https://doi.org/10.7554/eLife.10180.008

A model for the a subunit was built into the cryo-EM density map using constraints from analysis of evolutionary covariance in sequences of the a subunit from different species. Analysis of covariance in evolutionarily related protein sequences can identify pairs of residues in a protein structure that are likely to interact physically with each other (Göbel et al., 1994; Cronet et al., 1993; Hopf et al., 2012; Ovchinnikov et al., 2014). Spatial constraints from covariance analysis were sufficient not only to identify tentatively trans-membrane α-helices of the a subunit that are adjacent to each other, but also suggest which face each α-helix presents to the other α-helices (Figure 2B and Video 2, red lines). The constraints show patterns of interaction consistent with the predicted α-helical structure of the a subunit (Figure 2—figure supplement 1A), as well as interactions between the a subunit and the outer α-helix of a c subunit in the c8-ring (Figure 2—figure supplement 1B). As a result, we were able to trace the path of the a subunit polypeptide through the cryo-EM density map. The fit of the α-helices in the a subunit density was improved by molecular dynamics flexible fitting (MDFF) (Trabuco et al., 2008) and the 34 residue long connecting loop from residues 115 to 148 was built with Rosetta (Rohl et al., 2004) (Figure 2B and Video 2). This connecting loop was built to be physically reasonable, but because its structure is not derived from experimental data it is not included in the discussion below. The final model places the α carbons of the residues in the co-varying pairs within 15 Å of each other in 94% of the top 90 identified pairs, with an average Cα to Cα distance of 10.3 Å. The 6% of constraints that are violated by the model are consistent with the false positive rate observed when testing covariance analysis approaches with proteins of known structure (Marks et al., 2011).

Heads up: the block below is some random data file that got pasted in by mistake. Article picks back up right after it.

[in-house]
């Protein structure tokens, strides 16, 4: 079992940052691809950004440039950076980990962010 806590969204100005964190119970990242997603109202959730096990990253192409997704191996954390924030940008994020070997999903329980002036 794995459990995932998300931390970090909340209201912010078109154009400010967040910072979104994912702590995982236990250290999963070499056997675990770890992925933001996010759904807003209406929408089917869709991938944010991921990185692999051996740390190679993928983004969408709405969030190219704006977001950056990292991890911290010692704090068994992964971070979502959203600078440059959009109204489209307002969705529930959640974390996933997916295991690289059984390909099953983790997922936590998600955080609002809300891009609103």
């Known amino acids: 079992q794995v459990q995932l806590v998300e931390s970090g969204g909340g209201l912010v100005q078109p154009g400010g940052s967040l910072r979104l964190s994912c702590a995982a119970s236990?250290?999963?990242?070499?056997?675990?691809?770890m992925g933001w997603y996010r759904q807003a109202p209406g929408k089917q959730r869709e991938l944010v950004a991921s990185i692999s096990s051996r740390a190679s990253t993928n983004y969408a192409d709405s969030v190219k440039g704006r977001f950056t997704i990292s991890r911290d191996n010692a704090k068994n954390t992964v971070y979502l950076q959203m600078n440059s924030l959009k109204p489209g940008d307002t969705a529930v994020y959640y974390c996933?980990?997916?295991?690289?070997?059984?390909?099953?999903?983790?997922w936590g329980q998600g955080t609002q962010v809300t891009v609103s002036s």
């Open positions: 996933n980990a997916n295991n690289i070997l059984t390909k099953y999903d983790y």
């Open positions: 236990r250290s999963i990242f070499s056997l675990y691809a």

Video 2
Fold of the a subunit.

The density corresponding to the a subunit (green), membrane-inserted portion of the b subunit (red), and A6L subunit (blue) are shown, in addition to a ribbon diagram for the a subunit (green) and the top 90 constraints from analysis of covarying residues in the a subunit sequence (red lines). 6% of the constraints could not be satisfied, which is consistent with the false positive rate from known structures (Marks et al., 2011). Scale bar, 25 Å.

https://doi.org/10.7554/eLife.10180.010

Description of the a subunit structure

The mammalian a subunit appears to consist of six α-helices, with five α-helices that penetrate into the membrane (Figure 2C). The N terminus of the subunit is in the inter-membrane space of the mitochondrion. The first α-helix extends vertically across the FO region distal to the contact of the a subunit and c8-ring. The two trans-membrane α-helices of the b subunit are packed against one surface of helix #1 while the single trans-membrane α-helix from the A6L subunit is packed against its opposite surface. The second density region, interpreted as an α-helix of the a subunit, is not membrane-inserted and extends along the matrix surface of the FO region connecting the membrane-inserted α-helix #1 with a membrane-inserted helical-hairpin composed of α-helices #3 and #4. This hairpin of the third and fourth α-helices does not appear to cross the FO region fully, as seen previously in the Polytomella sp. ATP synthase (Allegretti et al., 2015). The final two trans-membrane helices are the two highly tilted α-helices seen previously with the Polytomella sp. ATP synthase and S. cerevisiae V-ATPase, with the C terminus of the a subunit on the matrix side of the FO region. Within this structure, Arg159, which is essential and completely conserved, is found near the middle of the long tilted α-helix #5 nearer the inter-membrane space side of the FO region, different from its predicted position in the Polytomella sp. enzyme (Allegretti et al., 2015).